In this Moir Group event our guest speaker Michael Leiter, Professor of Psychology at Deakin University shares his tips on how you can create a culture of respect and engagement in the workplace using the ‘SCORE’ process (Strengthening a Culture of Respect and Engagement).

 

Transcript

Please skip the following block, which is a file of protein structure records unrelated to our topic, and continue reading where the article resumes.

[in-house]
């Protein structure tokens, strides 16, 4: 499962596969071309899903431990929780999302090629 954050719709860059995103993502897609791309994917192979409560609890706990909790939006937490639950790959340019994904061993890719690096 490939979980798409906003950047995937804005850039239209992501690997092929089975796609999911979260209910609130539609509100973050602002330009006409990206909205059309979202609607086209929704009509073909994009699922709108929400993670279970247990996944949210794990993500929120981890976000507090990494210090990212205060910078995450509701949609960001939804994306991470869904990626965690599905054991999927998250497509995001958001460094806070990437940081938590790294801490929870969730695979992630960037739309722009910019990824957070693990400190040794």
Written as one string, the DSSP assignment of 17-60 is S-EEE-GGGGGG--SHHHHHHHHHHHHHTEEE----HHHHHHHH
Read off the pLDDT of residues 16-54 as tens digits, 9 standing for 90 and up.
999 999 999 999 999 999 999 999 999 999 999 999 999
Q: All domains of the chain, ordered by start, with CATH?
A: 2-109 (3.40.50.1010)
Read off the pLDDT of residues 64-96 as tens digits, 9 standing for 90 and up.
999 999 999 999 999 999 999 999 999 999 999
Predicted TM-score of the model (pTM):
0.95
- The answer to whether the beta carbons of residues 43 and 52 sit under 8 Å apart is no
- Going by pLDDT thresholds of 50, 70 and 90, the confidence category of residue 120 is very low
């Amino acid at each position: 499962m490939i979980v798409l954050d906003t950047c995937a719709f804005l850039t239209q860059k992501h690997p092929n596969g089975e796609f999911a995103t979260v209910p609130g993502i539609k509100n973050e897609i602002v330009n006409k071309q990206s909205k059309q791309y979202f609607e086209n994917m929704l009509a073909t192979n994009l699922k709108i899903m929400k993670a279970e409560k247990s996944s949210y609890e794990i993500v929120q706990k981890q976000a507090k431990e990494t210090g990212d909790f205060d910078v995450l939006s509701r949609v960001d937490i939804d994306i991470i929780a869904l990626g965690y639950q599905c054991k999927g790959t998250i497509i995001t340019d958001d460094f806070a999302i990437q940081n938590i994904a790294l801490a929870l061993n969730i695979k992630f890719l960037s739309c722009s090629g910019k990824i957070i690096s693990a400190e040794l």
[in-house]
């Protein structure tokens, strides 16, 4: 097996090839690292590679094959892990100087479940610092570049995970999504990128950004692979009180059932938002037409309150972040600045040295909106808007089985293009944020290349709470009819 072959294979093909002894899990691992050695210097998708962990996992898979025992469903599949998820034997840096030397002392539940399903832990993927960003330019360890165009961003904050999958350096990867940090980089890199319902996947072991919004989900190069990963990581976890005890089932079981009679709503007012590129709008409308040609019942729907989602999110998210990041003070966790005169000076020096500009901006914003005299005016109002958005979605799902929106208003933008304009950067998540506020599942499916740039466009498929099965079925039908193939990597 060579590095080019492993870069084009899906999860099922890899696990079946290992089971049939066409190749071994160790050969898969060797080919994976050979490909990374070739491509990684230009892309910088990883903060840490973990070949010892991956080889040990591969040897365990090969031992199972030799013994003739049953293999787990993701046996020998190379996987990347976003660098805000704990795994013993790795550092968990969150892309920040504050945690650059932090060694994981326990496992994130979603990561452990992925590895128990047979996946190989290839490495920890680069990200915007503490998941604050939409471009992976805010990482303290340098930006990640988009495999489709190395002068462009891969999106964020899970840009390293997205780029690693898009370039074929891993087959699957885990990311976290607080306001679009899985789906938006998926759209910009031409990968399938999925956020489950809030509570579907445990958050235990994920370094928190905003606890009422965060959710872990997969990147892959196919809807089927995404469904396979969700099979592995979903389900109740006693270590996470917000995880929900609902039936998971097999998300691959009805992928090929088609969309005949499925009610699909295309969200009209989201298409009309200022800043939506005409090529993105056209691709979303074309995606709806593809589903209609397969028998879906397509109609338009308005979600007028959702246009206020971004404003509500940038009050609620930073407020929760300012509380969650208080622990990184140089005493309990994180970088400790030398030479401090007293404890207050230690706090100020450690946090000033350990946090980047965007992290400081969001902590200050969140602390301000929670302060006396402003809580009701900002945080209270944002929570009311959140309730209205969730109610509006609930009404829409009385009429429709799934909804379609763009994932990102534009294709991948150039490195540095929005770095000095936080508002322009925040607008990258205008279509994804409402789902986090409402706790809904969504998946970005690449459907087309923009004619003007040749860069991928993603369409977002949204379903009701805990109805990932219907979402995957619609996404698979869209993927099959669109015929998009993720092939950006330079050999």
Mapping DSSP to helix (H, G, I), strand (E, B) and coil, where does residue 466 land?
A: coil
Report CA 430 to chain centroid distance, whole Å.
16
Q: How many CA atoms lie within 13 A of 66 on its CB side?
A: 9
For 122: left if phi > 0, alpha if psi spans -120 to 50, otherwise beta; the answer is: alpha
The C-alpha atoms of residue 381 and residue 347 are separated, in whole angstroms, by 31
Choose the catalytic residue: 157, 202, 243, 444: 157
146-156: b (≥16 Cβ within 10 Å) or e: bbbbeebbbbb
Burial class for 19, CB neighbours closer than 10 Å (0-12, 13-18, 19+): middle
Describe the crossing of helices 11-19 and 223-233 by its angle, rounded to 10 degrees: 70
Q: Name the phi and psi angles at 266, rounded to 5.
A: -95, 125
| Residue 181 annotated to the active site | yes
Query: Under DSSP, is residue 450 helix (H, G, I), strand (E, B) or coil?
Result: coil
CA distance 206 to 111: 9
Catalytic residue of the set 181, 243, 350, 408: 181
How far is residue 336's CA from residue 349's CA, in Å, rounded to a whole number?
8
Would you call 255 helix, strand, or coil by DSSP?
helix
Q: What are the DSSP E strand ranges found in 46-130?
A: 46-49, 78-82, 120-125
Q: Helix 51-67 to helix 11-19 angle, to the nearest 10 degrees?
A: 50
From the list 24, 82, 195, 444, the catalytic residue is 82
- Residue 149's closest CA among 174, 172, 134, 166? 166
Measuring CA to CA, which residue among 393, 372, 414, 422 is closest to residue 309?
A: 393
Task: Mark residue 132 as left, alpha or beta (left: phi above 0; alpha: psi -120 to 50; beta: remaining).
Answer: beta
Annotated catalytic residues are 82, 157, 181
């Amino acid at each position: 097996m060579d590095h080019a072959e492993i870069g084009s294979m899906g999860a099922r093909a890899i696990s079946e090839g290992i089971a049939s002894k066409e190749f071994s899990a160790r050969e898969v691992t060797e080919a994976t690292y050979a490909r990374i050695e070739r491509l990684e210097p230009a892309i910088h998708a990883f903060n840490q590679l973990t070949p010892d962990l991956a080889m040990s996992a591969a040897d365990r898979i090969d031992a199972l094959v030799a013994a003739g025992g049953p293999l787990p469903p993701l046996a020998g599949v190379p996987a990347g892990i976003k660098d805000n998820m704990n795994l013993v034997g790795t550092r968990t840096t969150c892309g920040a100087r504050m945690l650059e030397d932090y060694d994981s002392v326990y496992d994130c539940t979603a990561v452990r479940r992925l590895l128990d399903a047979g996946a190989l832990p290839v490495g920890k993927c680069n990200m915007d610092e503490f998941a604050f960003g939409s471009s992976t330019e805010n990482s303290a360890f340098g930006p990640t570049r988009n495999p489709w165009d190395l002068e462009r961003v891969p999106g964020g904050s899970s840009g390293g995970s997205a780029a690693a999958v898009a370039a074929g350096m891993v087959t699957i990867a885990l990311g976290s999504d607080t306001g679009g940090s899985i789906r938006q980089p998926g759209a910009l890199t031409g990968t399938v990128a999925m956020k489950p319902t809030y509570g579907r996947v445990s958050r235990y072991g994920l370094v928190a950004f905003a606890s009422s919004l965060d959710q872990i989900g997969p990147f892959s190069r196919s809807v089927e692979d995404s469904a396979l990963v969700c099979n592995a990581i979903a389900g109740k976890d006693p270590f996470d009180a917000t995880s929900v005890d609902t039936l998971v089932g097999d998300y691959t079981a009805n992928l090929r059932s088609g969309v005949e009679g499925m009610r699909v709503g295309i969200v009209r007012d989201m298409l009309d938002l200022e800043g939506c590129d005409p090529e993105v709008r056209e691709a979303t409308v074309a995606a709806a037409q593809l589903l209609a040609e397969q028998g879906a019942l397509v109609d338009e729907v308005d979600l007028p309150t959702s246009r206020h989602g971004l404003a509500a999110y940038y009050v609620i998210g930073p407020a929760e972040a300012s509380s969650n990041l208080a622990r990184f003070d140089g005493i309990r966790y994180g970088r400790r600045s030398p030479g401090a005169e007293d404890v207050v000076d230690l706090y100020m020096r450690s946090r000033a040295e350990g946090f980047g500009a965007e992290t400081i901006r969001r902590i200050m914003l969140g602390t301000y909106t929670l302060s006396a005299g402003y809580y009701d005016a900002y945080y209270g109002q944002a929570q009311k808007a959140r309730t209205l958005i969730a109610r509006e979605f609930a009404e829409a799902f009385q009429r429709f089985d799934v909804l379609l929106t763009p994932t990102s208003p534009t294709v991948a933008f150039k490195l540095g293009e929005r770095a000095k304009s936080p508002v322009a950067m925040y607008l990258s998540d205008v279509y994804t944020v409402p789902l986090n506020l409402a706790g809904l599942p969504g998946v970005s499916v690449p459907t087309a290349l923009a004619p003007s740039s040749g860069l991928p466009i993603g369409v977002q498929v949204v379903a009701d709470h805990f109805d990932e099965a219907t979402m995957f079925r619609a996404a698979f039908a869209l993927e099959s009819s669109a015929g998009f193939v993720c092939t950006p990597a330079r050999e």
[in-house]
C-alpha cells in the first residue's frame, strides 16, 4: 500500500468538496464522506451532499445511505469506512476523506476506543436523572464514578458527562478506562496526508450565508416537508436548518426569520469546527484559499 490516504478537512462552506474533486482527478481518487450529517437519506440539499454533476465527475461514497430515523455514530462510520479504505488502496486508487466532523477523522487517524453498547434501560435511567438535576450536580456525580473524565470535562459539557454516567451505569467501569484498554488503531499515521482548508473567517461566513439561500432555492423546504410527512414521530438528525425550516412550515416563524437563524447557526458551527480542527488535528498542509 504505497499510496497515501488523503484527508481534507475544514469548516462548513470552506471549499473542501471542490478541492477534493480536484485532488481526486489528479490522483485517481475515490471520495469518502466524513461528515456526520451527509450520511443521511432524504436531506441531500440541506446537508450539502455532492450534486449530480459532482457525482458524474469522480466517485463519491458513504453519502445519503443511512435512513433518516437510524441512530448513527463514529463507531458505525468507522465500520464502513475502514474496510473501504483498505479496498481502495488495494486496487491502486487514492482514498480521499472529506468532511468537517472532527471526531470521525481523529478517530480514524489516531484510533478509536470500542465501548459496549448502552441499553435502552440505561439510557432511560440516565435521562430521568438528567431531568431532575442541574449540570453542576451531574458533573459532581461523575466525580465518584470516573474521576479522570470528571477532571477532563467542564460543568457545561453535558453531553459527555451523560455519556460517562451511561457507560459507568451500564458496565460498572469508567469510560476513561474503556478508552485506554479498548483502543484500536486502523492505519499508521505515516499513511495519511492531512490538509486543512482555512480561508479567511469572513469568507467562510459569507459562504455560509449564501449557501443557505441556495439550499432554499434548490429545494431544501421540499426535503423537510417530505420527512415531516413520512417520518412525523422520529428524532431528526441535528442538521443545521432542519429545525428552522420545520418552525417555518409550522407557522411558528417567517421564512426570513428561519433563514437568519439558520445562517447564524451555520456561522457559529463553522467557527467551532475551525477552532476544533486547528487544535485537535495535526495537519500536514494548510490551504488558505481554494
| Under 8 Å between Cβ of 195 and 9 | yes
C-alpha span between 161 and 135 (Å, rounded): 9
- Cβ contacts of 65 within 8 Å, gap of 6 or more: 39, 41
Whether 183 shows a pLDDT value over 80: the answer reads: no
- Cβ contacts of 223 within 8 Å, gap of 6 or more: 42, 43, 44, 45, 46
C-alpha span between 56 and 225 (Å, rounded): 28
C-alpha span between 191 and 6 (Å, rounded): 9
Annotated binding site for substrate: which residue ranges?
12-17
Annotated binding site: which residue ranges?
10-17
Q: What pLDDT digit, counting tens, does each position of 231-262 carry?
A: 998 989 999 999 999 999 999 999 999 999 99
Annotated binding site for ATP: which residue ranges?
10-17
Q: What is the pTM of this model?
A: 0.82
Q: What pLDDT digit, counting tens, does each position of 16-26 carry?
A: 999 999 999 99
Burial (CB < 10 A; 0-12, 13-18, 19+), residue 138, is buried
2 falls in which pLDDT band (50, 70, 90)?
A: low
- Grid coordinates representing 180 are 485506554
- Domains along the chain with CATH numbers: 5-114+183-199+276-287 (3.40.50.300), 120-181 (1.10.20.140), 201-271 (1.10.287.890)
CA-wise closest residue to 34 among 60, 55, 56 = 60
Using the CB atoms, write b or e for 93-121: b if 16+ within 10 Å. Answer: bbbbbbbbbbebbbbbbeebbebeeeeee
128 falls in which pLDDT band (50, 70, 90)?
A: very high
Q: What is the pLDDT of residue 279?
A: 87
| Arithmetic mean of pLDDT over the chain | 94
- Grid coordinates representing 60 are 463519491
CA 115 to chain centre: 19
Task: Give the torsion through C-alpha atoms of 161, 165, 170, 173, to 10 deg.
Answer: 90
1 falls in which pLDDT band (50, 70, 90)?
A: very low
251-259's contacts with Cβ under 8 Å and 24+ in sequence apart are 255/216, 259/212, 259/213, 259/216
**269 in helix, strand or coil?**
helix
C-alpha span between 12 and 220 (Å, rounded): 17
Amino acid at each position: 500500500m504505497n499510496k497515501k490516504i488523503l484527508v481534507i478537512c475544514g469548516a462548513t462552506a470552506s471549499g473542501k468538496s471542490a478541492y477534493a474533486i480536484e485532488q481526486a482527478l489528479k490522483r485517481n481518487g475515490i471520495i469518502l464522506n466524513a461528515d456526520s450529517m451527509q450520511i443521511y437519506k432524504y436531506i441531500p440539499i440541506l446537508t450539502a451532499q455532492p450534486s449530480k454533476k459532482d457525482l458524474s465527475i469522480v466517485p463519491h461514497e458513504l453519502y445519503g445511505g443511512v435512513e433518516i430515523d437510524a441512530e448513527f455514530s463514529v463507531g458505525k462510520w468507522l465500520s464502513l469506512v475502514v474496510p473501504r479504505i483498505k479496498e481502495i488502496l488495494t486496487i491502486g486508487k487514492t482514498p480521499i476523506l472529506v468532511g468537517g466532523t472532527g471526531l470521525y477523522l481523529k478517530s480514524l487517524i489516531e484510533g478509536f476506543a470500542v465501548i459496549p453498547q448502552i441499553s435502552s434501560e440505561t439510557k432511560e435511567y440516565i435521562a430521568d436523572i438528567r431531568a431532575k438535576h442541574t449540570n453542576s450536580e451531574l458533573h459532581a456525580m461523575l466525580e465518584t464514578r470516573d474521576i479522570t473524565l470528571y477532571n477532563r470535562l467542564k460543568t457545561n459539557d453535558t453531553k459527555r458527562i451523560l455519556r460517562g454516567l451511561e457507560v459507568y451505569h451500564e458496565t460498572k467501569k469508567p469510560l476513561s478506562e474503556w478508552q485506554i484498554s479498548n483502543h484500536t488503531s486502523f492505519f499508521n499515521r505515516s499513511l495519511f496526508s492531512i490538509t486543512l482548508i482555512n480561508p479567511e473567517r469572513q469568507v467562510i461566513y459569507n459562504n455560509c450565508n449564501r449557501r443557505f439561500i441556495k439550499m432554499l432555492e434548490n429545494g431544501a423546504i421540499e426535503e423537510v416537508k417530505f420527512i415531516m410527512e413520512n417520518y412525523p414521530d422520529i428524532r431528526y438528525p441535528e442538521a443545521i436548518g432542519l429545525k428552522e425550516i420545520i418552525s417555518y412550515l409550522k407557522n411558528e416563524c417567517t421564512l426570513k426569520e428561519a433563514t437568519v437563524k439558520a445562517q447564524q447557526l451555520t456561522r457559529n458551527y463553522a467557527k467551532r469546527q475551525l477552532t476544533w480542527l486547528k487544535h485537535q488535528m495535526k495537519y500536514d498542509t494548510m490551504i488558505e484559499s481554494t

Your greatest resource at work is your collaborative relationships with other people. People need to know what is it what is the impact of their behaviour on other people. SCORE. Strengthening a Culture of Respect and Engagement. How this works is that it’s more like a fitness program. What you’ve got to build in are ways of keeping civility and respect as an active issue for the organisation. It’s these five sessions that just starts with acknowledging respect. The big part of this is laying out ground rules in the first session. Here’s what we’re doing. Here’s how we interact in the meetings. Here’s how we interact outside of meetings. Promoting respect. What we want to do is increase that proportion of positive to negative. And then we work on how do you respond to disrespect when it happens and then elaborate on that in the next session, what if it just continues. And then the last one is how do you sustain these gains. We want to sustain these gains by monitoring what’s happening training people, developing policies that really say that this is the kind of culture and organisation that we’re going forward with. What we’re doing in these groups is we’re bringing rational problem solving for something that’s often an emotional kind of a thing. The trajectory of what we’re doing is starting with the fast slowing it down, getting some insight, bringing in new behaviours practising new behaviours and then getting it going fast again because that’s the only way you get the job done. You can’t spend all day having deep reflections on every social encounter you have at work or not much is going to get done. You really can get something by reflecting on what’s your impact on other people in a way that goes a bit more deeply than usual. Everybody‚Äôs accountable for their relationships to some degree. Everybody is accountable for their own behaviour but your relationships are a shared thing. If you want to change your relationships you’ve got to be part of the process. Even if you are quite convinced that you’ve never done anything wrong you still have a responsibility to help the group go forward. People want to belong to a social group and they want to be a respected member of the group. People look at every little gesture, facial expression use of space, choice of word, they’re analysing that to figure out where do I stand in relation to you.

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